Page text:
In contrast, Chris Gayle is the West Indies’ Hales. And then some.
Gayle is Alex Hales having played hundreds more international matches and twice as much T20. He is an Alex Hales who’s faced every T20 situation and played T20 in every ground. He is an Alex Hales shot-through with experience and shorn of doubt.
Gayle knew that 183 could be chased in Mumbai. All he had to do was go out and do it.
If you were starring in Voyage to the Bottom of the Sea and needed to act in a scene where the submarine grounded on the seabed or was attacked by some sort of leviathan, there was only one way to do it. You and the rest of the cast ran back and forth across the set as if you were being thrown about inside the vessel.
You ran to the left. And then you ran to the right. Those old school special effects. Were surprisingly entertaining.
England’s 50-over batsmen seem similarly scornful of the middle ground. A year ago, they feared failure and sank, paralysed. Now they seem to have pushed off and run over to the other side of the set.
The whole playing-positively-with-little-regard-for-the-consequences approach is certainly better than what preceded it, but they do at times appear to have rebounded too far. Cheerleaders for positivity they may be, but believing it to be the answer to everything in all scenarios is nought but delusion.
The players may well tell themselves that they’d sooner be all out for 200 shooting for 400 than making 260 only to discover that isn’t enough – but it isn’t that simple. Sometimes 260 is enough and you know it’s enough and you could have got there if you hadn’t been quite so monomaniacal about playing with no fear of failure.
Tempering positivity doesn’t equate to abandoning it. Of course fear of failure is counterproductive, but a healthy aversion to it needn’t be.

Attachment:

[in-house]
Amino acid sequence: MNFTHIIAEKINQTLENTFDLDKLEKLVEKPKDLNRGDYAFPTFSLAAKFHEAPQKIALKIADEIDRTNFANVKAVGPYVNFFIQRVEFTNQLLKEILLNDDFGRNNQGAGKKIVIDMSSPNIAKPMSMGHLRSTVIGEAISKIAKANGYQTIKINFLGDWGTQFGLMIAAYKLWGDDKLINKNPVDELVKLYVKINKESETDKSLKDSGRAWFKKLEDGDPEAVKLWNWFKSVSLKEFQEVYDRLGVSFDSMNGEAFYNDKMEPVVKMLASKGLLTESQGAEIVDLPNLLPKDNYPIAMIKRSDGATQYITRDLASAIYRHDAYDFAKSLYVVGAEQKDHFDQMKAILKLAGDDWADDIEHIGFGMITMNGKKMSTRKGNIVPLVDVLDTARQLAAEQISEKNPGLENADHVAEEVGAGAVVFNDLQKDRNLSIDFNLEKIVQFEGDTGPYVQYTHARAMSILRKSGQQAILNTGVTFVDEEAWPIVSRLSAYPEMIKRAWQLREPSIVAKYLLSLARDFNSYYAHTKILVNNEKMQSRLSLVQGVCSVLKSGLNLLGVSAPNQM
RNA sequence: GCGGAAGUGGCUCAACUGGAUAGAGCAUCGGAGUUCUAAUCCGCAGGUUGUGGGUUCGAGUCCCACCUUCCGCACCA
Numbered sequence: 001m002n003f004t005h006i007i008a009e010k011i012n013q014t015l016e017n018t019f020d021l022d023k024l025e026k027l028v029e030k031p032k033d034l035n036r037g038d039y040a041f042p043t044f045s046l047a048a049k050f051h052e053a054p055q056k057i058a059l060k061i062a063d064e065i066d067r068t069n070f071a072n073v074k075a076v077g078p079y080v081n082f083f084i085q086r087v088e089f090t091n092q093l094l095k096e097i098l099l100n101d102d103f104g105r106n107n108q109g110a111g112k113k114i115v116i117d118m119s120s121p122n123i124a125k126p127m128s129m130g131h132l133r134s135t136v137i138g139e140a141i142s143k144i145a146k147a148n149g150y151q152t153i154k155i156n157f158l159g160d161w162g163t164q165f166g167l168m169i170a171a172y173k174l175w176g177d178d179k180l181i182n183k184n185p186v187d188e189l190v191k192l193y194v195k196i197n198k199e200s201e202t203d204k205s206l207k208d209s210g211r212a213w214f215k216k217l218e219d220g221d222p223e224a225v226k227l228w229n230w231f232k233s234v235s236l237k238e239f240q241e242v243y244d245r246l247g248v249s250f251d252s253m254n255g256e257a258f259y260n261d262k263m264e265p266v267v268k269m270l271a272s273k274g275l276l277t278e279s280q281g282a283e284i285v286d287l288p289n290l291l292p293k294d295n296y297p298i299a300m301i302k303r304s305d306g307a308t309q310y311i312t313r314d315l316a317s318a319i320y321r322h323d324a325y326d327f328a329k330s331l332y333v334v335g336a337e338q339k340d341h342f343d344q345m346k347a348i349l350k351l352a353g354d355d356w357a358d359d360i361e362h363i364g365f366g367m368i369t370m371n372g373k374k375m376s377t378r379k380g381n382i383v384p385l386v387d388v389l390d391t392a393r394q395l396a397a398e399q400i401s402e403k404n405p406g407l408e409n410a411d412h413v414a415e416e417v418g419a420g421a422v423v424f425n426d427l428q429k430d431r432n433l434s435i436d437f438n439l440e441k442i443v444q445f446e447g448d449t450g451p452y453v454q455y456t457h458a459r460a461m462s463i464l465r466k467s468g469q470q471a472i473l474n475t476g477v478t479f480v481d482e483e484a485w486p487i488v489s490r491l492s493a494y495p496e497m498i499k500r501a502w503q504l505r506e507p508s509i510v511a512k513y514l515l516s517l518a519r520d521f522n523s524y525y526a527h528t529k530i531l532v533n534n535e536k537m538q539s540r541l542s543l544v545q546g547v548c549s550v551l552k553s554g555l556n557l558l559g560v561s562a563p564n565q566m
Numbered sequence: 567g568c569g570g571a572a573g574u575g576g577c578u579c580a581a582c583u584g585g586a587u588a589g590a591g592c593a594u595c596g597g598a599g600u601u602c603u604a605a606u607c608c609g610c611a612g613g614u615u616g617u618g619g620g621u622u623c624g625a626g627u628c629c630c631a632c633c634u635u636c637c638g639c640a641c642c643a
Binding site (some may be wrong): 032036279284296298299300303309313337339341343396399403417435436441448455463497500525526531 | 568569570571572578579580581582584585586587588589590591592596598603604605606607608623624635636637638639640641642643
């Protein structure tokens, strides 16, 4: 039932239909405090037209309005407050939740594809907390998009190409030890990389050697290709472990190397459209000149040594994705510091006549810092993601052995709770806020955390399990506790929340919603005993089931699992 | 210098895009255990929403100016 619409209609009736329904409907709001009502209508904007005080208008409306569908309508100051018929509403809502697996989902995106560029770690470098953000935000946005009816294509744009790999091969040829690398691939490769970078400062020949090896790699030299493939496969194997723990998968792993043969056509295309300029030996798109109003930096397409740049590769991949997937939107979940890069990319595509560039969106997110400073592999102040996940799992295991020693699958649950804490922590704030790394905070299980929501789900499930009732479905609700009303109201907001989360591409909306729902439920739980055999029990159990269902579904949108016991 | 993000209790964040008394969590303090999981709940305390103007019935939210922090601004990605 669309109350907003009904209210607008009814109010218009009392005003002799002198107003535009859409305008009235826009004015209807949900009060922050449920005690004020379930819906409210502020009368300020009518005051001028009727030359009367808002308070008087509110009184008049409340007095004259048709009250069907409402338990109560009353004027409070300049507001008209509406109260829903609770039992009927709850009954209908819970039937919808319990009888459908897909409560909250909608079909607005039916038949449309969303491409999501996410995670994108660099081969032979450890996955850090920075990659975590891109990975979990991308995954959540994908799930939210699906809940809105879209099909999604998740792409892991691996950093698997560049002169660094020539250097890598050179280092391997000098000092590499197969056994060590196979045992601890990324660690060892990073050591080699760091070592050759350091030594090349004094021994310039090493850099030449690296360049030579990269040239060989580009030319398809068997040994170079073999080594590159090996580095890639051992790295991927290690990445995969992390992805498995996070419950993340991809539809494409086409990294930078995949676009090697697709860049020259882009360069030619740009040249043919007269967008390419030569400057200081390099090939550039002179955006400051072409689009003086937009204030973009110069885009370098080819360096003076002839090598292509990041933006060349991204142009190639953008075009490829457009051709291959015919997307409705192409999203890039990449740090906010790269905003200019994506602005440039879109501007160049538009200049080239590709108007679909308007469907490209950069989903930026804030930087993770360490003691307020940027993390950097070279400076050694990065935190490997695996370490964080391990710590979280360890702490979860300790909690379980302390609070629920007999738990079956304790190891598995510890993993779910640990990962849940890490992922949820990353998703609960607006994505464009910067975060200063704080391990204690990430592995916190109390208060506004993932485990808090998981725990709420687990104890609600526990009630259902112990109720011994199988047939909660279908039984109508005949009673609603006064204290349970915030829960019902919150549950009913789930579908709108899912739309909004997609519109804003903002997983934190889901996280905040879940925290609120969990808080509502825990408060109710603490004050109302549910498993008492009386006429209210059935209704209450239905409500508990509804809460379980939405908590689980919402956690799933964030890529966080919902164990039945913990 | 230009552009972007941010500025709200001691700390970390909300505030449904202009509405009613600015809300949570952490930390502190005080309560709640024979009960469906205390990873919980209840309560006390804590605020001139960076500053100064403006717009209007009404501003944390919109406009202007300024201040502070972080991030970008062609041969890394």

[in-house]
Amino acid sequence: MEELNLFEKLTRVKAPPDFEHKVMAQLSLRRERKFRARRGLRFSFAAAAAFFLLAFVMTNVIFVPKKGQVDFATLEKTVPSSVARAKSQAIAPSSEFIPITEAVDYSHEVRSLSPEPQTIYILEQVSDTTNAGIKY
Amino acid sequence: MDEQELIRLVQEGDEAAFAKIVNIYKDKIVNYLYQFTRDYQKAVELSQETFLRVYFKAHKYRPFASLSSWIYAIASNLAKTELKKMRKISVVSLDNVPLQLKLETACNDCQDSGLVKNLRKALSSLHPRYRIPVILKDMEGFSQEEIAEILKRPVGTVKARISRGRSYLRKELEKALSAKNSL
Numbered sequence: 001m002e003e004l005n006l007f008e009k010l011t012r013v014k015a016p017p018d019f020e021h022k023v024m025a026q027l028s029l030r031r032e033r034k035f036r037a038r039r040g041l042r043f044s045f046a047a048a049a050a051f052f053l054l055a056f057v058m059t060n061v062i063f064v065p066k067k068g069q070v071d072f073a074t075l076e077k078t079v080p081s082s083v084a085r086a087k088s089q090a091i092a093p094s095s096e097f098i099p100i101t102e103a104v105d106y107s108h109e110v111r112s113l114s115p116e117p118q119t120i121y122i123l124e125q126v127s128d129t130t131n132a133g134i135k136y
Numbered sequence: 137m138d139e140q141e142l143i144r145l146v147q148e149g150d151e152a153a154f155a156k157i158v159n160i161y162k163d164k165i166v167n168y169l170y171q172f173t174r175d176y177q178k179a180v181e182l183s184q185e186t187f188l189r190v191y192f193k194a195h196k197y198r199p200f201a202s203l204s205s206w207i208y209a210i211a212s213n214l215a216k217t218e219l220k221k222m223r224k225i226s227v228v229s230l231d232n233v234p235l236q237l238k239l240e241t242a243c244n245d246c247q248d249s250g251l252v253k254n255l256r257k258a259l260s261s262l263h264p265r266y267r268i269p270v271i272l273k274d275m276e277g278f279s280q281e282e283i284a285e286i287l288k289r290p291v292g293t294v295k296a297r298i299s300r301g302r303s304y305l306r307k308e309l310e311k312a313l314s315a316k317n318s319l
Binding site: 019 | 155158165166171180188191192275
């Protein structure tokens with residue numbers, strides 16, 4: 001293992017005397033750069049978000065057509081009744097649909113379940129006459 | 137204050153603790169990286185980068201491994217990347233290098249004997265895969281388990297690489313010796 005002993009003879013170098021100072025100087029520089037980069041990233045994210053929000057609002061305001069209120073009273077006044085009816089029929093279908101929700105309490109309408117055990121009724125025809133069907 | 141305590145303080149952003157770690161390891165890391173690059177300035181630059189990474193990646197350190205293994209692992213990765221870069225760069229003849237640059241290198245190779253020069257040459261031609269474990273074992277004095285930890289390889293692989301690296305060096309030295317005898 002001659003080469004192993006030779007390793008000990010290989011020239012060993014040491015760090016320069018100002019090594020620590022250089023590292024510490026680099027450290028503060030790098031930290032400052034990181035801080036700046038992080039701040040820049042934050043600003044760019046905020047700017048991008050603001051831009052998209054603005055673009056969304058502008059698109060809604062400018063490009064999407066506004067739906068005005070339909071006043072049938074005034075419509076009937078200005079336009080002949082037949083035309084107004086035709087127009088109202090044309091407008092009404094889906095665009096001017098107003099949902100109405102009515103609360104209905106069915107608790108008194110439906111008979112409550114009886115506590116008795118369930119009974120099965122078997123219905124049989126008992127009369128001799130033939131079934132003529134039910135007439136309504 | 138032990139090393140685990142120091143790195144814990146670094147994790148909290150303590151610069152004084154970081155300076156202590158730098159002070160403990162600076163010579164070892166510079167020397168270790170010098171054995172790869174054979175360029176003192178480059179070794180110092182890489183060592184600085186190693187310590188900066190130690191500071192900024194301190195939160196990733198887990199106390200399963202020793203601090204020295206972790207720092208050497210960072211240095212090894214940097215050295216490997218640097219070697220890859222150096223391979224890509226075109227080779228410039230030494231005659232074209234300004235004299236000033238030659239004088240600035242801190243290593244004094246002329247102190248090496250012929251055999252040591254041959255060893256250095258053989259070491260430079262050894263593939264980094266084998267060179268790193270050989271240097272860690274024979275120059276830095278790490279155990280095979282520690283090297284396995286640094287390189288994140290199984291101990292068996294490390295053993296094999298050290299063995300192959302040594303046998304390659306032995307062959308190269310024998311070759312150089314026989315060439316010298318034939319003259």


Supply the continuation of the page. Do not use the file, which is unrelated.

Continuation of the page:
Alex Hales appears to be one player who is increasingly immersing himself in the waters of flexibility. The strike-rate may have sunk a little, but the run count has soared.
As far as Hales’ team-mates are concerned, the moral of the story is that the Gavaskar-Afridi spectrum has a broad middle and a couple of small steps in Jonathan Trott’s direction isn’t necessarily a crime.
Based on their returns in this series, many are calling for some combination of Alex Hales, Nick Compton and James Taylor to be dropped. Then again, based on their returns in this series it’s equally valid to suggest that Alastair Cook and James Anderson should be dropped.
It’s almost as if four Tests aren’t quite enough to fully gauge the worth of a cricketer. You might be forming an opinion about each of them, but why the need to commit to deeming that particular shade of grey to be either black or white? It seems like firm opinions are everything these days. You have to commit to a position.
After four Tests in a series against England in 2004, AB de Villiers had made just the one fifty – the same as Hales, Compton and Taylor have managed. De Villiers then made 92 and 109 in the fifth Test.
While there’s no universally agreed upon acceptable timespan for gauging the worth of a Test cricketer, it’s also worth noting that Steve Smith and Kane Williamson averaged 29 and 30 respectively after 11 Tests. The former wasn’t even considered a batsman.
Hashim Amla, another one of the best batsmen in the world, was averaging just 25 after the first 15 Tests of his career (and had generally looked a great deal worse than that). That’s a sizeable sample, but he got better. He’s great precisely because of how he responded to what confronted him, adapting his technique and approach based on his experiences.
Can you react and adapt within a four-Test series comprising two sets of back-to-back Tests? For once we’ll spurn grey areas and say no.